Decisions relating to a parent’s care can often spur conflict among siblings. If you find yourself in a situation where you and your siblings appear unable to agree on medical treatment or an overall care plan for your parent, what can you do? Are there any practical options that might help? What legal options do you have if a resolution becomes impossible? To help answer some of these questions, an Indianapolis elder law attorney at Frank & Kraft discusses what happens if siblings cannot agree on the care and treatment of a parent.
Handling Role Reversals
Throughout your childhood, your parents cared for, supported, and made important decisions for you and your siblings. As an adult you learned to take care of yourself, and your parents continued to take care of their own affairs. At some point, a parent’s health deteriorated. In fact, you are at the point where your roles have been reversed. You and your siblings now need to care for, support, and make decisions for your parent. While you are more than willing to take over your parent’s care, your siblings don’t agree with some of the decisions you are making regarding medical care and treatment.
Variations of this theme play out every day. When an elderly patient reaches the point of incapacity, at which he/she cannot make health care decisions, someone else must make them. When the patient’s adult children cannot agree on a plan of care, it obviously creates a problem. How that problem is ultimately resolved will depend, to a great extent, on whether your parent made any plans for the possibility of his/her incapacity.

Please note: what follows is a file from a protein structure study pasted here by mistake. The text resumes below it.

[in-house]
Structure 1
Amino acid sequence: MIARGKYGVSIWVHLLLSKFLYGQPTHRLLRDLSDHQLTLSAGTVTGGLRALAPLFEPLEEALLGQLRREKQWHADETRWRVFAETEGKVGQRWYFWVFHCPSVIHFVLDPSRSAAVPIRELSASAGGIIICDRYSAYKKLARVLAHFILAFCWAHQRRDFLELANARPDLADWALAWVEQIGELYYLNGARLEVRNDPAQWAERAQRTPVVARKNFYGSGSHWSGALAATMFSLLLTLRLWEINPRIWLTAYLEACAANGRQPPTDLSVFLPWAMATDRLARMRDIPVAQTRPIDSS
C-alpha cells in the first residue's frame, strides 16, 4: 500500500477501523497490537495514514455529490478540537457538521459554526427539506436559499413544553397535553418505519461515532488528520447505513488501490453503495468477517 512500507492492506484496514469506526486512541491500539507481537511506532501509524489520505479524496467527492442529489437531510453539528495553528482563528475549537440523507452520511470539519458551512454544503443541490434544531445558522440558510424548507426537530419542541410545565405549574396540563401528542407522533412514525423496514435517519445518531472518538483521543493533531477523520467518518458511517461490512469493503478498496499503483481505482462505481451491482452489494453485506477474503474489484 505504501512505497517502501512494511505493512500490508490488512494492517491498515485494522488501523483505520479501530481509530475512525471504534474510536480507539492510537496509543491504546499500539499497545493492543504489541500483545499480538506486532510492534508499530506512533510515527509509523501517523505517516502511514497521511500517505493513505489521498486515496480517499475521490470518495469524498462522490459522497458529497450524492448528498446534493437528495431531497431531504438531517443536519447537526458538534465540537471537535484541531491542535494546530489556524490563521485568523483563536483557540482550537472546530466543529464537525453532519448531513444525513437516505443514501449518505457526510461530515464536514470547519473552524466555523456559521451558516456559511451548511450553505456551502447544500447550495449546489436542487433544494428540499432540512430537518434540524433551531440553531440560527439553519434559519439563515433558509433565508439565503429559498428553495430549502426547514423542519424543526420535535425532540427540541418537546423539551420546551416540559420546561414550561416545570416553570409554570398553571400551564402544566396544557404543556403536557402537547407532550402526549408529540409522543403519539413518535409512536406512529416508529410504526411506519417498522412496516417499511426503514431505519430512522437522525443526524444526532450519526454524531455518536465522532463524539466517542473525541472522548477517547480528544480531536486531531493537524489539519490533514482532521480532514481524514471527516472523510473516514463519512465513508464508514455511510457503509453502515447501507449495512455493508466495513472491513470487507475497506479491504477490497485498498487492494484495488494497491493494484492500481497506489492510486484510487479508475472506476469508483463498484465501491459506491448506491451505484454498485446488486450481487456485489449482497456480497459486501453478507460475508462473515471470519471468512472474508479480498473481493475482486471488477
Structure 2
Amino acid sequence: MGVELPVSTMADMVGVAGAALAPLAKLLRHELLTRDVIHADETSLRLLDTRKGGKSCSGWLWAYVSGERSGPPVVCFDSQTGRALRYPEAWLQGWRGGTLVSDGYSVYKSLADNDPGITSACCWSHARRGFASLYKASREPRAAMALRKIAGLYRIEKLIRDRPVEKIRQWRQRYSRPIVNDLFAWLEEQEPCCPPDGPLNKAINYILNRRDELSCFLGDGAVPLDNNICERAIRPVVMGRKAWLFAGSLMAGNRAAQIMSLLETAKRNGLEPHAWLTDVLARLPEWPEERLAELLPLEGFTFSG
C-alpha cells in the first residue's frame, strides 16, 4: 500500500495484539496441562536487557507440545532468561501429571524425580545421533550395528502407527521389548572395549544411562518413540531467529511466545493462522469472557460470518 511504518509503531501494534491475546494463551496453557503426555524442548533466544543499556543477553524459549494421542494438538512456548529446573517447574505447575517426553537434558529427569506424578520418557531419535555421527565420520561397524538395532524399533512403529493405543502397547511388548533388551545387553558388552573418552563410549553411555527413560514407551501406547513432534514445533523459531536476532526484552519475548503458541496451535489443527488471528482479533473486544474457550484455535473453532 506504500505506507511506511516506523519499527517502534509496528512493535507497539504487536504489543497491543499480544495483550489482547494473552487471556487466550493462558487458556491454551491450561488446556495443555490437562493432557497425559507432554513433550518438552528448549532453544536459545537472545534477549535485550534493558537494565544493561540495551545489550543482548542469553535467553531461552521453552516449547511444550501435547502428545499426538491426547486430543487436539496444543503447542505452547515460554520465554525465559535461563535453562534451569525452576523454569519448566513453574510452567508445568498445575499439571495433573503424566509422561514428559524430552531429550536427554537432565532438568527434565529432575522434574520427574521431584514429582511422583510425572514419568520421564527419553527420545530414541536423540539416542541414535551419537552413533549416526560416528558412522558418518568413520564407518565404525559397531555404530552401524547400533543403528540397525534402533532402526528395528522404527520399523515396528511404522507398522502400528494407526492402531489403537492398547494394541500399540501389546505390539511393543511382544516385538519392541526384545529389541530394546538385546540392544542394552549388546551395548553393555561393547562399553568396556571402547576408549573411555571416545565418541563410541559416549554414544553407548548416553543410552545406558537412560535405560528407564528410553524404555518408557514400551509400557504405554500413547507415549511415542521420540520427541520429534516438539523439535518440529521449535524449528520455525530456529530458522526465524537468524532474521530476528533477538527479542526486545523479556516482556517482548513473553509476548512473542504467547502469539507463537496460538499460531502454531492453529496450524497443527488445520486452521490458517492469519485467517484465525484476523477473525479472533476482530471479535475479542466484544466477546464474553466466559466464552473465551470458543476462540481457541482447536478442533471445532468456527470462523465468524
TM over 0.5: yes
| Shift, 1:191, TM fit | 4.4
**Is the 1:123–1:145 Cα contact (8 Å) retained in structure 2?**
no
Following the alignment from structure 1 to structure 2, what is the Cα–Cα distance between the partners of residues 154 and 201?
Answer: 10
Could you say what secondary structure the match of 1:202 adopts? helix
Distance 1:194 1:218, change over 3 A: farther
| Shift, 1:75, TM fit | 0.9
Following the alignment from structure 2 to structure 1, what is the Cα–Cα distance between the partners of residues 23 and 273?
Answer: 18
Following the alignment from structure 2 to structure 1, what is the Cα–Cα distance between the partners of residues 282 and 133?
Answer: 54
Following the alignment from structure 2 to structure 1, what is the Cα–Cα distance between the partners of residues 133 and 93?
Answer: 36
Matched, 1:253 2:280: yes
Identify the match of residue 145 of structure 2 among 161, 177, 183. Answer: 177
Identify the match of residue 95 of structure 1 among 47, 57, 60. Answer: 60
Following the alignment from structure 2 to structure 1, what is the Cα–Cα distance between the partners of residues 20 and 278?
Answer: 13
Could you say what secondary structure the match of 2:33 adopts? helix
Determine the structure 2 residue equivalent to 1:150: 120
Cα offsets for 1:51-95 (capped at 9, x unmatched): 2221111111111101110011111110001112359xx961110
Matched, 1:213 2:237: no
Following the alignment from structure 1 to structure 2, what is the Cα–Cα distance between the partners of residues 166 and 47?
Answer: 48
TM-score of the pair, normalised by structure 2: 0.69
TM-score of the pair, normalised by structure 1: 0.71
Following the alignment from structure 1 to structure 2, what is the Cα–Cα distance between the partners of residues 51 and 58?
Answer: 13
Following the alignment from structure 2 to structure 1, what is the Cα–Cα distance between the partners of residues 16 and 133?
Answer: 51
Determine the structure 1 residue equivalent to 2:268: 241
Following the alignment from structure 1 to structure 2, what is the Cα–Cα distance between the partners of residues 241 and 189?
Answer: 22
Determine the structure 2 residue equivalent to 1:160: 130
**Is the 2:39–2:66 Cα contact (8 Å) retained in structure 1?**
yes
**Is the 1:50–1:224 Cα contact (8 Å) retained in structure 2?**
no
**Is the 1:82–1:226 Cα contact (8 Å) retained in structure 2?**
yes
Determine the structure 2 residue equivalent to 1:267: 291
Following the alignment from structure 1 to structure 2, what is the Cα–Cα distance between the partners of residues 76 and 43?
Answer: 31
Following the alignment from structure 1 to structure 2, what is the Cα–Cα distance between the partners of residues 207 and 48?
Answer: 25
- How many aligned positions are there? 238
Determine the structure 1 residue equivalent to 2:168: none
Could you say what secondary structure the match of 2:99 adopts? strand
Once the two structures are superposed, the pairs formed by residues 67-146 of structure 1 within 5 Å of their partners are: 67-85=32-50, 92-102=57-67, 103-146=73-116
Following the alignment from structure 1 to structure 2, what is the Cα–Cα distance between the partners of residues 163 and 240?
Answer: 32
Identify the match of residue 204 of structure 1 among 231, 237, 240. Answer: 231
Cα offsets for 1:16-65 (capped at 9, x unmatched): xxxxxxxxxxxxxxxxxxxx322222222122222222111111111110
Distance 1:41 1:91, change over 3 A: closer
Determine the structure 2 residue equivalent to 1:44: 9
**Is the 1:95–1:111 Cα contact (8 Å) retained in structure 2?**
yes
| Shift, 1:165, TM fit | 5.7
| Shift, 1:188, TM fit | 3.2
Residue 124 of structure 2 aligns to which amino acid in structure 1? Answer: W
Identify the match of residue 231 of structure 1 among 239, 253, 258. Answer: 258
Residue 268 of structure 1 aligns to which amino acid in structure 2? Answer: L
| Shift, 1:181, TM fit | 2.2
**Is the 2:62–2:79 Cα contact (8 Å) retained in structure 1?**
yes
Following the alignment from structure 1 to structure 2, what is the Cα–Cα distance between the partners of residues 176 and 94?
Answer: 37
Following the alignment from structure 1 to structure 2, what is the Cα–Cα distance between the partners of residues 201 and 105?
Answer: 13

Did Your Parent Execute an Advance Directive?
If your parent executed the appropriate advance directive, it should resolve the issue once and for all without the need for further action. In the State of Indiana, an Appointment of Health-Care Representative and Power of Attorney allows someone to appoint an Agent to make decisions for them in the event they are unable to make those decision because of incapacity at some point in the future. An Agent has the authority to do things such as consent, refuse to consent, or withdraw consent to medical treatment on behalf of the person executing the document. If your parent executed such an advance directive the person named as Agent has the legal authority to make healthcare decisions, resolving any potential conflicts.
What If an Advance Directive Was Not Executed?
If your parent did not execute an advance directive there are some options that may help if your siblings are willing to participate. You might try counseling with a therapist who specializes in elder issues. You might also all agree to hire a geriatric care manager. This is often a social worker or nurse and who specializes in assessing a senior’s needs and coordinating the care and resources necessary to help them.
Petitioning for Guardianship
If all else fails, you may need to consider becoming your parent’s legal guardian. If your parent is truly unable to make his/her own decisions, then someone else needs to have the legal authority to do so for him/her. Petitioning to become your parent’s legal guardian will give you that authority. Because guardianship is the most restrictive option, and because your siblings have the right to object to your appointment, you should consider guardianship an avenue of last resort.
Contact an Indianapolis Elder Law Attorney
For more information, please join us for an upcoming FREE seminar. If you have additional questions or concerns about planning for long-term care, contact the experienced Indianapolis elder law attorneys at Frank & Kraft by calling (317) 684-1100 to schedule an appointment.
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